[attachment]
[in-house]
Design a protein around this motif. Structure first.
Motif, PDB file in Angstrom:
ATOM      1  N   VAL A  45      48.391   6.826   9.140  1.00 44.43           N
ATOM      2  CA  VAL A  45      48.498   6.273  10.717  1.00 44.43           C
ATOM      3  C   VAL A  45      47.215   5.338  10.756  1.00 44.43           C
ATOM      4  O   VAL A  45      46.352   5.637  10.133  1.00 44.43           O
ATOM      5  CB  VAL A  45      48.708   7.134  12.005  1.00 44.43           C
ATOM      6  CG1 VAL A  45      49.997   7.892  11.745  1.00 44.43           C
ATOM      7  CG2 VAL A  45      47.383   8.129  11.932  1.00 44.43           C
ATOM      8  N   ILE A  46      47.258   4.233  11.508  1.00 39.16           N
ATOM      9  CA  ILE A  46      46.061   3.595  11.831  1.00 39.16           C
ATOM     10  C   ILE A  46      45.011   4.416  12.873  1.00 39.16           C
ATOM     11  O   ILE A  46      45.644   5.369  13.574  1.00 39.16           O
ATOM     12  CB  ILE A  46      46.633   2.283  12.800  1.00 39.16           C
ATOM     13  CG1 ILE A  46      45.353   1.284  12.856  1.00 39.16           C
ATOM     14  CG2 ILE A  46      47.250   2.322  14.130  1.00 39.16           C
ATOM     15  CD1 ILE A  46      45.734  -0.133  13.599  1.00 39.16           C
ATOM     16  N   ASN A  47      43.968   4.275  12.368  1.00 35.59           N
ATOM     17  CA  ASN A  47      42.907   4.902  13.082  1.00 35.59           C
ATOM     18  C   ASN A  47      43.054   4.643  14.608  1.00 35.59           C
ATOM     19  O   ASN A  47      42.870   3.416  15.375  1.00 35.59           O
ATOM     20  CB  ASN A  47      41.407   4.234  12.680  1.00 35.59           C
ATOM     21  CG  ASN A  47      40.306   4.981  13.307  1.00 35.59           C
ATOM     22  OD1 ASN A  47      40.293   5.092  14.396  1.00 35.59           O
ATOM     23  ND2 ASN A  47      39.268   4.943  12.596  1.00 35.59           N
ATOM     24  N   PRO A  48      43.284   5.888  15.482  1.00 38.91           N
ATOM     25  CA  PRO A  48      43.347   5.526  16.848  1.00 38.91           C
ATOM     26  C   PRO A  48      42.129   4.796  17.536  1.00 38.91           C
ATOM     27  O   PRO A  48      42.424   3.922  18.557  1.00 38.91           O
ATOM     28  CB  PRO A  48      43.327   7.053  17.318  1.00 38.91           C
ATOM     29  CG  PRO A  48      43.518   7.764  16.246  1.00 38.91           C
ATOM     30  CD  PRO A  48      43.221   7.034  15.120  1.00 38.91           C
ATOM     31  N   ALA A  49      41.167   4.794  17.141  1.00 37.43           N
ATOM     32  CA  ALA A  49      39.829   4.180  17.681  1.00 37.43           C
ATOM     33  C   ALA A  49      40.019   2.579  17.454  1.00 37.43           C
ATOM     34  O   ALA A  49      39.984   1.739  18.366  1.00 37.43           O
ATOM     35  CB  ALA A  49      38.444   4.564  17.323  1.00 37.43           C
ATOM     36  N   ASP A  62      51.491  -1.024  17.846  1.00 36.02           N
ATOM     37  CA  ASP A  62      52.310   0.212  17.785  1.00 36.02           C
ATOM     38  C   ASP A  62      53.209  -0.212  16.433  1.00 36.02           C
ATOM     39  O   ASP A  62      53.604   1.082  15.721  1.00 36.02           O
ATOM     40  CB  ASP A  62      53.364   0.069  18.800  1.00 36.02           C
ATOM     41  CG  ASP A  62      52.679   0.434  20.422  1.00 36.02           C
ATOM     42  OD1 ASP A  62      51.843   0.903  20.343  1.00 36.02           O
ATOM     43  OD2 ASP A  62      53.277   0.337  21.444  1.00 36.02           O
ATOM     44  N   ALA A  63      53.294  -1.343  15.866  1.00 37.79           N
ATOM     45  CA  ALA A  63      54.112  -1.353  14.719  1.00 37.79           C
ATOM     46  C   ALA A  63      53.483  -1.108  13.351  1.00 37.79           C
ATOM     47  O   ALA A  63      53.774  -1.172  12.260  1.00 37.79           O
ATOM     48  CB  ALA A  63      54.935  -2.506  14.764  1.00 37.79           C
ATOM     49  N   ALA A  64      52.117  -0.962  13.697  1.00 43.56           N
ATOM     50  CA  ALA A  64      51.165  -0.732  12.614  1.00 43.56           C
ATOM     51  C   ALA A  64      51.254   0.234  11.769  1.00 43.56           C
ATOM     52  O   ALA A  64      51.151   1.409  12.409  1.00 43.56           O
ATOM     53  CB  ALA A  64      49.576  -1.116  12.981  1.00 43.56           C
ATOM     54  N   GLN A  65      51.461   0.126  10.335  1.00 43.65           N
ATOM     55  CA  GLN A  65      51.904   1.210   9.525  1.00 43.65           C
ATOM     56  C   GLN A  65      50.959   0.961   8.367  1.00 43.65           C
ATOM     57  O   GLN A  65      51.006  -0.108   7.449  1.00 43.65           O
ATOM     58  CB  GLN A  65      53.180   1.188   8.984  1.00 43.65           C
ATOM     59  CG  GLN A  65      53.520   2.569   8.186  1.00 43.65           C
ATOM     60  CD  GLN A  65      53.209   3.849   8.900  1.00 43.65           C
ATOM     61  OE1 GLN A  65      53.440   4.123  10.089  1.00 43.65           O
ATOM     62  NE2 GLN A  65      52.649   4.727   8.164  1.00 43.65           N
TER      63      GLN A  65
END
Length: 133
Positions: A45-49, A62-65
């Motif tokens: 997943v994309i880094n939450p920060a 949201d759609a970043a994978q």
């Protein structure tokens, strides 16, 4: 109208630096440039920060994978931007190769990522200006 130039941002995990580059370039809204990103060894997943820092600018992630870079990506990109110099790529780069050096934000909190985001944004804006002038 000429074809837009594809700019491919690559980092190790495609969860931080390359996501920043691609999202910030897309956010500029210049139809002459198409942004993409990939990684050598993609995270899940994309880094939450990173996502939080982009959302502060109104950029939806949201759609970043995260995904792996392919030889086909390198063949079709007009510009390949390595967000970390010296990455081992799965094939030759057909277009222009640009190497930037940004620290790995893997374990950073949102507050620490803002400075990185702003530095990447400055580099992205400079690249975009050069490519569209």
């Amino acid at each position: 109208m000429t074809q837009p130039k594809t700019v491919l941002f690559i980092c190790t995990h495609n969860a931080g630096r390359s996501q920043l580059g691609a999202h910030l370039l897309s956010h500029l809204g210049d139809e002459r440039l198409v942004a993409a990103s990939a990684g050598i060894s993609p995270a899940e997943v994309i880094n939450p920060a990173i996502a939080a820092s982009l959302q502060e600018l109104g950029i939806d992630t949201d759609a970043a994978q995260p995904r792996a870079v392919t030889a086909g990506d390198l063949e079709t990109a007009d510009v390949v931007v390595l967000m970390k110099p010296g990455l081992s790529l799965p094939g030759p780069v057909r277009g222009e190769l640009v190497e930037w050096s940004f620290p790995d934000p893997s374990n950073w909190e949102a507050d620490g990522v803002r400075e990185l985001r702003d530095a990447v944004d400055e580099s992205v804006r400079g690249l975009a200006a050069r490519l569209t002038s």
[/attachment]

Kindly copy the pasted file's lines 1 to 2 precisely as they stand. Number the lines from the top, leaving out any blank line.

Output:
[in-house]
Design a protein around this motif. Structure first.